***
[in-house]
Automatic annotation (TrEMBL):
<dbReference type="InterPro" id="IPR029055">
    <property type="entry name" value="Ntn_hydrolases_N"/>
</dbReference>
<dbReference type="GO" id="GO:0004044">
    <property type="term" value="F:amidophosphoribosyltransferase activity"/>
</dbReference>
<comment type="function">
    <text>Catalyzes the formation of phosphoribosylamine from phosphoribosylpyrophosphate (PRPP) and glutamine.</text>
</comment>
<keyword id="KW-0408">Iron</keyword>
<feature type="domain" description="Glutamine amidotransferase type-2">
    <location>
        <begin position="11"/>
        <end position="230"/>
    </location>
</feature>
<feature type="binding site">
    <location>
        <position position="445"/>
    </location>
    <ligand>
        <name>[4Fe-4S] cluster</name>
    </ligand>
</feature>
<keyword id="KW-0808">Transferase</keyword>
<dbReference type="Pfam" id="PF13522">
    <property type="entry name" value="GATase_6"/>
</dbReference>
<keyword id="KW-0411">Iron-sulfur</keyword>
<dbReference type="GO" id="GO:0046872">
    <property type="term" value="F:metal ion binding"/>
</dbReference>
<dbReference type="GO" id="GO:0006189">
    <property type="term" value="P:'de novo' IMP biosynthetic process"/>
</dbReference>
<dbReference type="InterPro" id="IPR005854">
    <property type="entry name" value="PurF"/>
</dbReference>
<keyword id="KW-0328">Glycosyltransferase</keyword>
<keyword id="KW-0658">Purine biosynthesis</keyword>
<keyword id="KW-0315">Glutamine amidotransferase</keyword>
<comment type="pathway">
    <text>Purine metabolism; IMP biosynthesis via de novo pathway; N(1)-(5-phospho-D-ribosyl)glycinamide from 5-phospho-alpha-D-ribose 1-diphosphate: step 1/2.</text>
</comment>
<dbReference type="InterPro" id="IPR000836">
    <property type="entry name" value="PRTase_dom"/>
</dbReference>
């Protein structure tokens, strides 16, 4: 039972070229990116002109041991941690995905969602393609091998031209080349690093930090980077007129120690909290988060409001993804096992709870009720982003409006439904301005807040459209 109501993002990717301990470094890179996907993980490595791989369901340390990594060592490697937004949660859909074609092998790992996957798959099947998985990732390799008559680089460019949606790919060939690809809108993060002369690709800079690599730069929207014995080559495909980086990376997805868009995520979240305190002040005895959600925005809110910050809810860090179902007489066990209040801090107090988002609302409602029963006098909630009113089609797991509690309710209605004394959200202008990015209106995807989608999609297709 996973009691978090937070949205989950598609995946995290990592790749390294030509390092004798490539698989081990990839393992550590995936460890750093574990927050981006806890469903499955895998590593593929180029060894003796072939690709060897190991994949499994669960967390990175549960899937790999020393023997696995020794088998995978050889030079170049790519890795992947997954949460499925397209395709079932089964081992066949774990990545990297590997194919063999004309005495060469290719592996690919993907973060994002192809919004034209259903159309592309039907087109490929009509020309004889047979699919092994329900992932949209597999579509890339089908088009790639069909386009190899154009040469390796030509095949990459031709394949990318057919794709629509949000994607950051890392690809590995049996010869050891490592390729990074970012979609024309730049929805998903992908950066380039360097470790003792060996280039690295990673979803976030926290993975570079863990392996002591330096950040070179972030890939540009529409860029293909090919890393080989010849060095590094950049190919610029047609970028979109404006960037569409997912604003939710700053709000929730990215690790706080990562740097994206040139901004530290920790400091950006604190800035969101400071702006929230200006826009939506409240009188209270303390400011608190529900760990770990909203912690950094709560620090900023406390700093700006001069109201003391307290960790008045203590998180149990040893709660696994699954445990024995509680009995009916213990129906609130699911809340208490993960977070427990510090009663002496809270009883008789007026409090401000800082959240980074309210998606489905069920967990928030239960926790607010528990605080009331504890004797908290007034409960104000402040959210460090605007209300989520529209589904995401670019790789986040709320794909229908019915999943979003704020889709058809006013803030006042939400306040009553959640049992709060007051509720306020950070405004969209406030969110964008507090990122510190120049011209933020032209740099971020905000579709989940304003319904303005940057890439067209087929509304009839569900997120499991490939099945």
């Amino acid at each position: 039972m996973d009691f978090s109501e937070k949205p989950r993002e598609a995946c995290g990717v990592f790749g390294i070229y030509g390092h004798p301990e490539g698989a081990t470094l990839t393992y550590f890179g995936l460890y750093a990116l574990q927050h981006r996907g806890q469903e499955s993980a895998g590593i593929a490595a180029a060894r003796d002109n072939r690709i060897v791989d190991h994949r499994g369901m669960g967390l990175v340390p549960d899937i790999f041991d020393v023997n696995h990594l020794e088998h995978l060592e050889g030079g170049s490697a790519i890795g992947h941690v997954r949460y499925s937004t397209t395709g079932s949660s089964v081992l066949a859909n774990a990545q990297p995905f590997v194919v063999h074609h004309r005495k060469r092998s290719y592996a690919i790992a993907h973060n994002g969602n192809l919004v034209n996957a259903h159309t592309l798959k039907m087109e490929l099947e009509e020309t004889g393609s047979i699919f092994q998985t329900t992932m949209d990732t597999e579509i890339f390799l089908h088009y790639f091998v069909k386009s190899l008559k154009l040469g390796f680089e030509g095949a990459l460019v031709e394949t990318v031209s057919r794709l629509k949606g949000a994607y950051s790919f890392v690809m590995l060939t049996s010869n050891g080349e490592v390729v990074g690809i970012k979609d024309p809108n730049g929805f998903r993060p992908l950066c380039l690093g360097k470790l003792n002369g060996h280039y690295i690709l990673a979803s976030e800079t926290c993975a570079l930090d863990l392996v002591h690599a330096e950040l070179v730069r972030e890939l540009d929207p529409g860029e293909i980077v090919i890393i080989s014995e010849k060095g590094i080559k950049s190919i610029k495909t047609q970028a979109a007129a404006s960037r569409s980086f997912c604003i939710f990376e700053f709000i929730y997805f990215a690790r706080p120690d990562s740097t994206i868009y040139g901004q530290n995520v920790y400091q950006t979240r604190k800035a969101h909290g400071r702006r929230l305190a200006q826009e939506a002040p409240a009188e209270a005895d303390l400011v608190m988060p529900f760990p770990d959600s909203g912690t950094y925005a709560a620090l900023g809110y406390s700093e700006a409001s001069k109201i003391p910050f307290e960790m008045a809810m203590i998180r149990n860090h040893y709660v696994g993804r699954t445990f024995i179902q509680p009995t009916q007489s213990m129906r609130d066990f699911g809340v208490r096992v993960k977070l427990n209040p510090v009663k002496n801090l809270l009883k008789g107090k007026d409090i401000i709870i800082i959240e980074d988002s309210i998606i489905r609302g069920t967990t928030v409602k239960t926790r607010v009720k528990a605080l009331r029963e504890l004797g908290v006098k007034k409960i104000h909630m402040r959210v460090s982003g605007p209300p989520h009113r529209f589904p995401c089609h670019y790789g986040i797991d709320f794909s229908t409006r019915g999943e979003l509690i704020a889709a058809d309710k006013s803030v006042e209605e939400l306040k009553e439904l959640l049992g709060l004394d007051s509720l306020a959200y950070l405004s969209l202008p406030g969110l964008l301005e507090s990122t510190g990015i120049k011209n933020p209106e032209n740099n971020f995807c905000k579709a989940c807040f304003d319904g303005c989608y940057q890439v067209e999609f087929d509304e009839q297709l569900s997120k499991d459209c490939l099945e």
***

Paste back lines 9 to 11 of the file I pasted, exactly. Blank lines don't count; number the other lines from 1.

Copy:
<comment type="function">
    <text>Catalyzes the formation of phosphoribosylamine from phosphoribosylpyrophosphate (PRPP) and glutamine.</text>
</comment>